The Trinity and creation

“In the name of the Father and of the Son and of the Holy Spirit, Amen.”    This very short but powerful prayer is so often glossed over, and we may even say it without thinking, taking it as an introduction to more focused and “real” prayers.  But I want to suggest that just those simple words are a perfect greeting to a new day,  alone or in a family together.  Most other Christians do not use it. Members of other faith families would use the same concept related to their own understanding of God, e.g. “In the name of Allah.”    

What are the main religions in the world and their concept of God, in whose name we pray?   Jews, Christians and Muslims have a varied understanding of a personal deity while some others may believe in a “principle.  But the God concept does and should have connotations of worship/honour/adoration and moral action

We, all the people of “God” ideally live our lives according to our chosen beliefs and principles. Those who have done so with some success may be recognized as being “friends of God” and role models for us.  Catholic theology developed an in-depth process of recognizing “saints,”  people to be honoured, imitated, prayed with and to, even as patrons for certain aspects of life.  e.g. St Francis of ecology and Therese for her ‘Little Way.” St Joseph for various things including a happy death. …

As Catholics, for centuries we have held the belief that we alone are the true church, and ignored “saints” in other religions. As there is a now an increasing movement towards recognising other religions, in certain ways, we could ask about Christian and others as possible saints.   Typical examples would be Martin Luther King, Mahatma Gandhi,  Desmond Tutu.  Even Nelson Mandela has been mentioned as someone to regard as a saint. He himself has quoted, “a saint is a sinner who keeps on trying.” All religions will have their holy men and women whom they admire, look up to, but maybe not quite regard with the same devotion as Catholics, although some saints are popular with others too, e.g. St Francis of Assisi a very well-known name.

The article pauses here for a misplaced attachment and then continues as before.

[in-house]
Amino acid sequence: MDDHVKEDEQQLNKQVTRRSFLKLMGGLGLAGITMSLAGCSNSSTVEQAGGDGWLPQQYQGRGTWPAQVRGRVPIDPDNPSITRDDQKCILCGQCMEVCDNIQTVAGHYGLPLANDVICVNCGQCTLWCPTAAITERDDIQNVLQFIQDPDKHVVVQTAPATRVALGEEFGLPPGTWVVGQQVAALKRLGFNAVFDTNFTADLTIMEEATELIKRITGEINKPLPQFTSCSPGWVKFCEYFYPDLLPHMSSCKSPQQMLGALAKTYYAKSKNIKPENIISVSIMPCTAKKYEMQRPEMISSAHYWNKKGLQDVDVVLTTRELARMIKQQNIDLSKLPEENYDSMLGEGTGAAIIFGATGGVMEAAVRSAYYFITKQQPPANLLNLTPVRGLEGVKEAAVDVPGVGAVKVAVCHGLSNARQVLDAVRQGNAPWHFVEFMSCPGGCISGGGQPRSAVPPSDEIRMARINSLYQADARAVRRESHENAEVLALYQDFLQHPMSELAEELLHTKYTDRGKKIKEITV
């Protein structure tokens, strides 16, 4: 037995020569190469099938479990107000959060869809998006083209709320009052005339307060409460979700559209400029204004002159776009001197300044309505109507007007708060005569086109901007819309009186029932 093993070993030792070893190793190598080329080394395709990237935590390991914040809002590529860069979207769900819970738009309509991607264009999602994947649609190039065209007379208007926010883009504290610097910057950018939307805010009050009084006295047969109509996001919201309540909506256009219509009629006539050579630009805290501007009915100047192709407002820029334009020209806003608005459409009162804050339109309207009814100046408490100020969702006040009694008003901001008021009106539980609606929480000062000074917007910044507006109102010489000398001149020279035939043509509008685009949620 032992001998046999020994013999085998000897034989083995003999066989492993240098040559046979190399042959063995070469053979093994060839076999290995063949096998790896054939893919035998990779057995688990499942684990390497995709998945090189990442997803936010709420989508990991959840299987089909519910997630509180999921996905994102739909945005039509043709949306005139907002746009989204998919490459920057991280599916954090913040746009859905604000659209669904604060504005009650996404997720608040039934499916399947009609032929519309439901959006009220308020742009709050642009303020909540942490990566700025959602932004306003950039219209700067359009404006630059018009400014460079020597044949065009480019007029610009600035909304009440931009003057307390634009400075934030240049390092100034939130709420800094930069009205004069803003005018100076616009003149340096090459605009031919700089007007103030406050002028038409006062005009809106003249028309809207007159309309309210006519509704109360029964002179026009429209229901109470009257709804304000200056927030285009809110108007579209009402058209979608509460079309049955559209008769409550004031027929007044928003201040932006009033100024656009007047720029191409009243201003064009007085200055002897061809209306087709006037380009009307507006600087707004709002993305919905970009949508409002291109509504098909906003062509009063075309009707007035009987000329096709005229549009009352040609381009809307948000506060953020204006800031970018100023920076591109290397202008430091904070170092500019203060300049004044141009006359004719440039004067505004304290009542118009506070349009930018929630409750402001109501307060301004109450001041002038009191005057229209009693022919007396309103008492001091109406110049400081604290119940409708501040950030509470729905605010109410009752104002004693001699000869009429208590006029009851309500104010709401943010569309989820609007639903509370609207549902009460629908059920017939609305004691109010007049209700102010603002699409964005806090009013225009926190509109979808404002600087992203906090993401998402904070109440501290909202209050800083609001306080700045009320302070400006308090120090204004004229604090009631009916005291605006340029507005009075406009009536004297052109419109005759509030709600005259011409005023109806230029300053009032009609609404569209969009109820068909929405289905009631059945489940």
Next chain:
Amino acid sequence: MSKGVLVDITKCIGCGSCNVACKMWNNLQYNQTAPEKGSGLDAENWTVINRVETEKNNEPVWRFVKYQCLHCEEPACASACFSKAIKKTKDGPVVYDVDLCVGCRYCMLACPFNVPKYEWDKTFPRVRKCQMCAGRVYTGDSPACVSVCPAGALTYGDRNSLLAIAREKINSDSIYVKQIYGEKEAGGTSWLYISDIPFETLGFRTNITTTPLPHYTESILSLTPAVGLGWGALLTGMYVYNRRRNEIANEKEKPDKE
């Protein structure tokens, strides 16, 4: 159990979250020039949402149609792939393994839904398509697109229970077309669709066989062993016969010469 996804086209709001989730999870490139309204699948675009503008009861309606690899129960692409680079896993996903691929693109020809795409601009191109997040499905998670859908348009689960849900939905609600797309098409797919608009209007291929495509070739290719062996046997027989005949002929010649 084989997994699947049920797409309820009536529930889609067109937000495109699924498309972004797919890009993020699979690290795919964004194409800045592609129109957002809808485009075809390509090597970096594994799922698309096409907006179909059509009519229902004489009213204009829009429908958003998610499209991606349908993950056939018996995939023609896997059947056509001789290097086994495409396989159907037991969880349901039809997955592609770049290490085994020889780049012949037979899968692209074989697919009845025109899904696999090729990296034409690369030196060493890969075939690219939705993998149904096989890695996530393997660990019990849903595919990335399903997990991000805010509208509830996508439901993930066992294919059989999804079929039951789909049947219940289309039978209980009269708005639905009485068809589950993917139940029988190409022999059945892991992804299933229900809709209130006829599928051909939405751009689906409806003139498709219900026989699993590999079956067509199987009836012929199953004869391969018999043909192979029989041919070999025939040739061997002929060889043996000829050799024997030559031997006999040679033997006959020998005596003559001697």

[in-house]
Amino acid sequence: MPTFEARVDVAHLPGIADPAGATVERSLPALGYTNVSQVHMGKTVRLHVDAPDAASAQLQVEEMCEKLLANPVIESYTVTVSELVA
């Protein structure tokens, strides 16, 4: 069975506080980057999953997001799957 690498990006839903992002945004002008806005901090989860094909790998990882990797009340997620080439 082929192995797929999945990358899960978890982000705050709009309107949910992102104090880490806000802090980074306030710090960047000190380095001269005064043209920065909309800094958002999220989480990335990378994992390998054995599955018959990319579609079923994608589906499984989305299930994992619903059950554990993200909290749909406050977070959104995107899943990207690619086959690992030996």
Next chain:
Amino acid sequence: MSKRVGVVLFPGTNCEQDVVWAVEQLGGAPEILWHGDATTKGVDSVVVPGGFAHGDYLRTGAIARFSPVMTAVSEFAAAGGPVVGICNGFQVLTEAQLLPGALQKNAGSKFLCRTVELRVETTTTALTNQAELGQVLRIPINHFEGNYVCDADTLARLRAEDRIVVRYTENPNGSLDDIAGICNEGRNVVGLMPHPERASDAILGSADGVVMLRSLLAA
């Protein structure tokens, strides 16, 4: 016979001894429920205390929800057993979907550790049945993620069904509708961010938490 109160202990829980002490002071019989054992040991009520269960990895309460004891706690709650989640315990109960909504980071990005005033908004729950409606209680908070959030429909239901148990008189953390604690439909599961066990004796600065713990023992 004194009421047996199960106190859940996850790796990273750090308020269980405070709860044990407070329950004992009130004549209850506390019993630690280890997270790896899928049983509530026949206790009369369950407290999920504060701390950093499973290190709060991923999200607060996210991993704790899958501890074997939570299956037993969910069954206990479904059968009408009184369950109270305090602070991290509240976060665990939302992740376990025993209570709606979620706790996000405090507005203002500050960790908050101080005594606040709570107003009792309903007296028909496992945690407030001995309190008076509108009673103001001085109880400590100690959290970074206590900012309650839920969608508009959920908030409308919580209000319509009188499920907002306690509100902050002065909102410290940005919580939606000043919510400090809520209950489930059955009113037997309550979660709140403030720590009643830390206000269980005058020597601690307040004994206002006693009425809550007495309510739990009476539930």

This leads me to enculturation, a growing recognition of other cultures and faiths. Ecclesia in Africa, the document of the 1st African Synod in 1994 it explains enculturation as “bringing Christ to Africa and Africa to Christ.” Accepting that earlier missionary initiatives would not have gone both ways, we are now beginning to ask whether they were truly fair and just to indigenous peoples’ belief systems. This focus comes to the fore more when reflecting on ecology and creation, as Pope Francis does, as in the Laudato Si film THE LETTER, an indigenous man from the Amazon region and a young Hindu girl are members of a group invited to meet Pope Francis.  

This and the current Israeli-Hamas war made me think more about saints and especially martyrs in the last 200-300 years. A martyr is someone who dies for his or her beliefs, but so many killings are in groups with little personal consciousness. Who sacrifices whom and for what reasons?  What innocent people have been killed in most cruel ways in religious and political persecutions. After a brief look at I followed up on the Vietnamese martyrs, one of the various Asian churches most of us know very little about. . Wikipedia provided information “The Vatican estimates the number of Vietnamese martyrs at between 130,000 and 300,000. John Paul II decided to canonize both those whose names are known and unknown, giving them a single feast day, although a number also have their own feastday. These martyrs fall into several groupings, those of the Dominican and Jesuit missionary era of the 18th century and those killed in the politically inspired persecutions of the 19th century.”   Whole families and communities, towns and villages were targeted and exterminated at the command of the current emperor.  In whose name?